to skin and bones, is ali'o still.
General Ncal Dow has gone to Minnesota to
help out the Prohibitionists there.
General Van Burcn, consul general to Japan,
is coming home on leave of absence.
Mark Twain has received $100,000 of royal
ties from his play of "Coloiud Sellers."
Gen. George IJ. McClellan, slccginpanicd by
his wife, arrived in Washington Monthly night.
Viscountess Stringford established a hospital
for Egyptian wounded, and tho Khedivo gave
her eighty beds from A rain's house.
Commissioner of Pensions Dudley has so far
recovered from his recent severe illness as to be
able to resumo his official duties in Washing
ton. Hon. John D. Defrces, ex-public printer, 'died
at Berkely Springs, Va., Thursday morning. He
was born in White county, Tenn., November S,
Mrs. Fish, Avife of Ex-Secretary Fish, was in
jured seriously in a' runaway near Garrisons,
N. Y., tho other day. Two of her ribs were
Secretary Lincoln, as a-c11 as General Sher
man, Avill attend the army competitive rifle
shooting contest at Leavenworth ou tho 25th,
2Gth, and 27th.
General .Tubal Early has gone to Missouri to
look after the estate of bis late brother, Colonel
11. H. Early. He Avas astonished to see how
much St. Louis has grown.
Tho jury in the libel suit of Mario Prcscott, tho
actress, against President Touscy, of tho Ameri
can NewsjCompany, rendered a verdict in faA'or
of the pkiintiffforl2,500.
President Arthur returned , to Washington
Wednesday night. Ho is expected atrFTavrc de
Grace. Md., as the guest of Major T. B. Fergu
son, for tho first day's duck shooting in
Thomaso Salvlnirthc tragedian, has arriA'ed in
New York.IIe is in good'health, and pleased
to get back to this country. He will appear as
Othello on the 2(ith inst. at the Fifth Avenue
Theatre in New York.
Mrs. Langtry, tho famous "Jersey Lily,"
arrived at New York Monday morning, on the
steamship Arizona. A large number of persons,
principally of tho theatrical profession, Avent
down on a tug to meet Mrs. Langtry, to whom
they Avere introduced by Mr. Oscar Wilde.
General George Crook, the new commander
in Arizona, has prohibited the use of tiswin, the
favorite tipple of the Apache Indians. He has
ordered the calling of a roll daily to ascertain
Avhat Indians arc absent from the reserA-ation,
but promises that those Avho remain shall Ikia'c
plenty of Avork at the spade and hoe.
General Boulanger is a thorough republican.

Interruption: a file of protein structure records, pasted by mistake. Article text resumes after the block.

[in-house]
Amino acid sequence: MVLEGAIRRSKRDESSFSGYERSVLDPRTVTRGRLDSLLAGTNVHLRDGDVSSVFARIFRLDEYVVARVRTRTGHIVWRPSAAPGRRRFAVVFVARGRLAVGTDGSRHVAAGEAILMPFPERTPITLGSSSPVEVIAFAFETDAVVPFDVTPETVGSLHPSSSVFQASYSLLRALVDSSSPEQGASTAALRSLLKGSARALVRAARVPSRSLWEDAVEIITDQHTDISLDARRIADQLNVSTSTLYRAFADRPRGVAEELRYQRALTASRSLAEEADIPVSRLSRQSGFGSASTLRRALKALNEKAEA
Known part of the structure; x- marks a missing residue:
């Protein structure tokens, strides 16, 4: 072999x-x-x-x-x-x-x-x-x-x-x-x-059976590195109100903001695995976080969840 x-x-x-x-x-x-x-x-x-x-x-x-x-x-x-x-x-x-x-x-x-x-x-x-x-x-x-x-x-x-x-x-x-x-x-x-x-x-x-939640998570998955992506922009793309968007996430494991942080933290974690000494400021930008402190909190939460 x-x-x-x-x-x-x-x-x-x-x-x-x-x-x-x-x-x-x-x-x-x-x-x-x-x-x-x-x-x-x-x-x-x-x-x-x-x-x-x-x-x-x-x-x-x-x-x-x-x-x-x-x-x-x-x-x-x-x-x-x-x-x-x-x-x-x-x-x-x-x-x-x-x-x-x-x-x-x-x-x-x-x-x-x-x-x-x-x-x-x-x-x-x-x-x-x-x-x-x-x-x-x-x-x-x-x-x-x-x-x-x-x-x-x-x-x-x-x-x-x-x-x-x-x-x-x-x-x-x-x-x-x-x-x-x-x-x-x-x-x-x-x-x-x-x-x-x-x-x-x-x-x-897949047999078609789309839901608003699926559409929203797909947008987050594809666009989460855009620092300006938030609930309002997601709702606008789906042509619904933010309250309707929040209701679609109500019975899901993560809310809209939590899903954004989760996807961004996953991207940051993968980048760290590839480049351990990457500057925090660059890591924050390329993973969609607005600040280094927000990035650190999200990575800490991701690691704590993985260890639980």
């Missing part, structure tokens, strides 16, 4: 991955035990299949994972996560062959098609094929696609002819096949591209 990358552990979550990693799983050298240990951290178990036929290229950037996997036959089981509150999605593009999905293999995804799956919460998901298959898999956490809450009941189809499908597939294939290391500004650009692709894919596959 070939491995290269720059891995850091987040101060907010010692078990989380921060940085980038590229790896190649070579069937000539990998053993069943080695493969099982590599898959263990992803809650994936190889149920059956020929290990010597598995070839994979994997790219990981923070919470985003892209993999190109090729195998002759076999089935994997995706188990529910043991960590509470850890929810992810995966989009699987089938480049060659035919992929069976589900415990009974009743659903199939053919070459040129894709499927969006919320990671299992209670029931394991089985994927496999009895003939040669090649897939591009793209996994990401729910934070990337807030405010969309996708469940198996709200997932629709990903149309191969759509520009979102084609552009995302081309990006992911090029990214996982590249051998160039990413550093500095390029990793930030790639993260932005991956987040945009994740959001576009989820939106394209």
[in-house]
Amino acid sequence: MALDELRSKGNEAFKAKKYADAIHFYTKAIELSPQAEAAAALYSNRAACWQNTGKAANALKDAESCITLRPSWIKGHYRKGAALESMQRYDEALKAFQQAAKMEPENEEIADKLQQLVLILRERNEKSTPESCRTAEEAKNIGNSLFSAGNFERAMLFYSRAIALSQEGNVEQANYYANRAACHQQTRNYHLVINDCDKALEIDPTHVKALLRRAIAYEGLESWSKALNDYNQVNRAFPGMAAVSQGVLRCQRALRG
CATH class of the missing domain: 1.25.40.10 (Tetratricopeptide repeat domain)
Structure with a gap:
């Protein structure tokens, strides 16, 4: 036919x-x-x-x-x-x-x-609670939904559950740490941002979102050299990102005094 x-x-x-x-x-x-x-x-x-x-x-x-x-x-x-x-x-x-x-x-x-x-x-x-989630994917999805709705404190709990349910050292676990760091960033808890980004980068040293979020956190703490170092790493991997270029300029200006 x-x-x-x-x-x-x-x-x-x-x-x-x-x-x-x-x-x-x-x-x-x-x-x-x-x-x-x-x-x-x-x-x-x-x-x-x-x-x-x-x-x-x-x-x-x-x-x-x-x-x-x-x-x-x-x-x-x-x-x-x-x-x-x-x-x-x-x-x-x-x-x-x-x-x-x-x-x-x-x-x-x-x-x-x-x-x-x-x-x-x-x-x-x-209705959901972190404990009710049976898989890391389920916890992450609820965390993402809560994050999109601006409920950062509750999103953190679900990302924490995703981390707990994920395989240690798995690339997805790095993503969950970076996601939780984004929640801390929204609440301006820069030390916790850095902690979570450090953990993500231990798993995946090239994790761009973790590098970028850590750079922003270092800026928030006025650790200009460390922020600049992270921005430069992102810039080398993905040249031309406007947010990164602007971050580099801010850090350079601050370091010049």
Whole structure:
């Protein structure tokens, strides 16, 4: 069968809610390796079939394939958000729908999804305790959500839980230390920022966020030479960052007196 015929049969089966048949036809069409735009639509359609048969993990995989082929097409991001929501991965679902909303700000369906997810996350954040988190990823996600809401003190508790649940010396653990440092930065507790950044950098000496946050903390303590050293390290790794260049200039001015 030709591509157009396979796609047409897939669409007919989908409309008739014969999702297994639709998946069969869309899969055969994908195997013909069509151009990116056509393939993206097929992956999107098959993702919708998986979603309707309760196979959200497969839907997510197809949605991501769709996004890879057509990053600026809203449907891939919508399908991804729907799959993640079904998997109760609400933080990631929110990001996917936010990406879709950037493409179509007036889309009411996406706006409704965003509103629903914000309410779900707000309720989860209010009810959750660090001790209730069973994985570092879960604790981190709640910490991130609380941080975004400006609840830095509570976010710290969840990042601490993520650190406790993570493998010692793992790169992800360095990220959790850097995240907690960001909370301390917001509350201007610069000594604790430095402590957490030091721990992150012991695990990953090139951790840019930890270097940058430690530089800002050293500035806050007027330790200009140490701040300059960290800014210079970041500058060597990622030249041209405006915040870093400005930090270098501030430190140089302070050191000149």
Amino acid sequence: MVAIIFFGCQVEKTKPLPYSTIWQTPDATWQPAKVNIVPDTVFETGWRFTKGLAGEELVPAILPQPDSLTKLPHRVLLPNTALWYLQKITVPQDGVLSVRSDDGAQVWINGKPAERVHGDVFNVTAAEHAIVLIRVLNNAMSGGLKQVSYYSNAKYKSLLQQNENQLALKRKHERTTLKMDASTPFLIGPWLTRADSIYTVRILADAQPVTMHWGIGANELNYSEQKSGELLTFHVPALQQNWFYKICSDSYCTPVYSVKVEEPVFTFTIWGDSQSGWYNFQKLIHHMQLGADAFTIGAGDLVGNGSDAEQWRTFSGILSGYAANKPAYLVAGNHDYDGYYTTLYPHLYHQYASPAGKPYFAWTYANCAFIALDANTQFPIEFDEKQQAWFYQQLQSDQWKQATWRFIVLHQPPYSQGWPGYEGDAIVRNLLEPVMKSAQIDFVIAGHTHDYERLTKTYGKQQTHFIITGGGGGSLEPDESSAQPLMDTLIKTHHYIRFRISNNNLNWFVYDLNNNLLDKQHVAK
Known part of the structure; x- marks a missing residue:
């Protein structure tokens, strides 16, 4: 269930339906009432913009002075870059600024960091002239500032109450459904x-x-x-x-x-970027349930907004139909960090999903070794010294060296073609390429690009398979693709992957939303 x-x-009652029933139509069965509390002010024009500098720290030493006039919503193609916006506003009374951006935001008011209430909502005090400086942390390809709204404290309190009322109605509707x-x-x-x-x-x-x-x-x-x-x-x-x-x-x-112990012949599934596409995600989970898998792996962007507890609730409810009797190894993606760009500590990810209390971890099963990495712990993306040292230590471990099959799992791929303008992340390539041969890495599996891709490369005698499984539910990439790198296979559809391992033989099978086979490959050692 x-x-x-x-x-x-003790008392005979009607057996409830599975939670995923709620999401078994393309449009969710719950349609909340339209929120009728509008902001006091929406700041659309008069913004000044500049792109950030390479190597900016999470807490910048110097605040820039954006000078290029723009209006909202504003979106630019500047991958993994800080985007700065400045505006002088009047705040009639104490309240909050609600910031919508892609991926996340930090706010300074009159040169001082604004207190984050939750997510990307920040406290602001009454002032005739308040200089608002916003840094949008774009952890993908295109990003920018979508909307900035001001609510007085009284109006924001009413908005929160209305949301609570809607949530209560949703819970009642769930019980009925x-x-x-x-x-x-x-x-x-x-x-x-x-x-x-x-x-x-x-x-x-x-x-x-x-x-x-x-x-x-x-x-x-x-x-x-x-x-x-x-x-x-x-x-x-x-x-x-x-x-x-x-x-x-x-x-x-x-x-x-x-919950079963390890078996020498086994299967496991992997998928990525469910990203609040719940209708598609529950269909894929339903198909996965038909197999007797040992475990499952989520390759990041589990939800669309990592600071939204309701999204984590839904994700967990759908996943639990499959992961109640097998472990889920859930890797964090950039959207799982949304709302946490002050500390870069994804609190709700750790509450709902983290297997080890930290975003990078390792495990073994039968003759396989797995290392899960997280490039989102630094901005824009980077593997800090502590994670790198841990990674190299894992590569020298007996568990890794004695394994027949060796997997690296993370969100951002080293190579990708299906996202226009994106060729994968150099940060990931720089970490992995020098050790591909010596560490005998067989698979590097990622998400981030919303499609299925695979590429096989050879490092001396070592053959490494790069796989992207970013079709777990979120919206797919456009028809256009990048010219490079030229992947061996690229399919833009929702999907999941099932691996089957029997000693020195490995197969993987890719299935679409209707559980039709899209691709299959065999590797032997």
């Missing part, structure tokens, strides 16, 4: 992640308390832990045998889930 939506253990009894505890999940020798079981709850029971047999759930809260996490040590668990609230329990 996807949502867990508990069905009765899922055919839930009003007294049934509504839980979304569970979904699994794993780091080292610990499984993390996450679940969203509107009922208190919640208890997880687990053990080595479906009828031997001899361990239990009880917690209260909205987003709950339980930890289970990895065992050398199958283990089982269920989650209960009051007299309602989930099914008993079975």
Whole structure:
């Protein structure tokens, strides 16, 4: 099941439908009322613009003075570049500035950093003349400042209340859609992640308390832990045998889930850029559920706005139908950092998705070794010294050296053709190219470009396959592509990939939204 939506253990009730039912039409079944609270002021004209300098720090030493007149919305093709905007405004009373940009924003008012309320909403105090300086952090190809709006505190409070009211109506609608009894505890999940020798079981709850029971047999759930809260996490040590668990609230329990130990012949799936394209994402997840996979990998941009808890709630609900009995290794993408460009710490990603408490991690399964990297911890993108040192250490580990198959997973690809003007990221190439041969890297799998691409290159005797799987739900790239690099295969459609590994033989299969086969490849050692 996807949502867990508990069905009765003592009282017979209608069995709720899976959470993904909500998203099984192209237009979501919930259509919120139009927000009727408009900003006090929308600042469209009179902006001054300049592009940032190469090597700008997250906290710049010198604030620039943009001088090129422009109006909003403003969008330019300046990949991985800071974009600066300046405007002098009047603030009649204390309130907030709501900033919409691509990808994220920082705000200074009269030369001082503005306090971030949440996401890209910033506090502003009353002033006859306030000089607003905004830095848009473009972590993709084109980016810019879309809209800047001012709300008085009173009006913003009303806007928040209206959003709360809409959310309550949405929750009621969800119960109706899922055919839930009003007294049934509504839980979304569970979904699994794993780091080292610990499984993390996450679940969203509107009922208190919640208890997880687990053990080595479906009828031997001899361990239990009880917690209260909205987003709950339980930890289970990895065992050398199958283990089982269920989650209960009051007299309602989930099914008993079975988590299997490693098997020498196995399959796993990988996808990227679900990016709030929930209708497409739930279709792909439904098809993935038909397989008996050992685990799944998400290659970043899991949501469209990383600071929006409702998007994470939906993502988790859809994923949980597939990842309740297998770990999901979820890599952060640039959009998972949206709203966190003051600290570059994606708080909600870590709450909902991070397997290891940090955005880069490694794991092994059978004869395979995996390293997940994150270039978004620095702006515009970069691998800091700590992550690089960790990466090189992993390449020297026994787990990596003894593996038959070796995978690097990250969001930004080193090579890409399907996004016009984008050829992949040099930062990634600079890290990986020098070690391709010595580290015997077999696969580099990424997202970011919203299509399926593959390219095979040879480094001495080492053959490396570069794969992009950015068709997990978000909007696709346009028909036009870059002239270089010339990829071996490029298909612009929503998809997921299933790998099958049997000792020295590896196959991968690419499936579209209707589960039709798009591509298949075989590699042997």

He writes from Paris to a friend in St. Louis:
" Let France in the Old World and the Ameri
can Republic upon the new continent point out
to all the road to progress and real civilization.
Let us march hand in hand ; this is our most
ardent desire; it is tho desire of CA-ery good
Few men haA-o had a more interesting expe
rience of the "late unpleasantness" than Major
Wilmer McLean, Avho 1 a few days since in
Alexandria, Va. He literally saw the begin
ning and the end of the Avar. It was on his
farm that the battle of Bull Run avus fought,
and General Lee surrendered on his farm at
Appomattox, to Aiiich he had moved with his
Tho senior soldier in the Germn army is a
Emperor William, who is its head. In March
he entered in his eighty-sixth year. The
youngest soldier in the same army is the son of
Duke Paul Frederick of Mocklenberg-ScliAvcrin,
Avho is scarcely yet a month old, and Avho has
just been enrolled by tho veteran Emperor in
the Seventeenth regiment of "Mecklcnbcrg
Gen. John Kay Clement died at Snnbury,
Pa., on the loth inst. During the Avar he was
Provost Marshal for the district from IS()2 to 1SG 1.
He was prominent in the formation of the
Washington Artillervists, of Pottsville, of Avhich
ho was captain, prior to tho Mexican Avar, in
which they volunteered for service but Averc
refused, Pennsyh'ania's quota being full. This
organization Avas one of the first defenders in
J S01, and is now headquarter guard to Major
Ex-SoMii'i-s for Cml Otllces.
To tho Editor National Tribune:
As one avIio participated in the deliberations
of the recent Veteran's meeting in New York,
I can say that it Avas our desire that neither
political party should bo able to say that the
move was of a political nature. Wo met to fake
somo action to prepare tho way for a united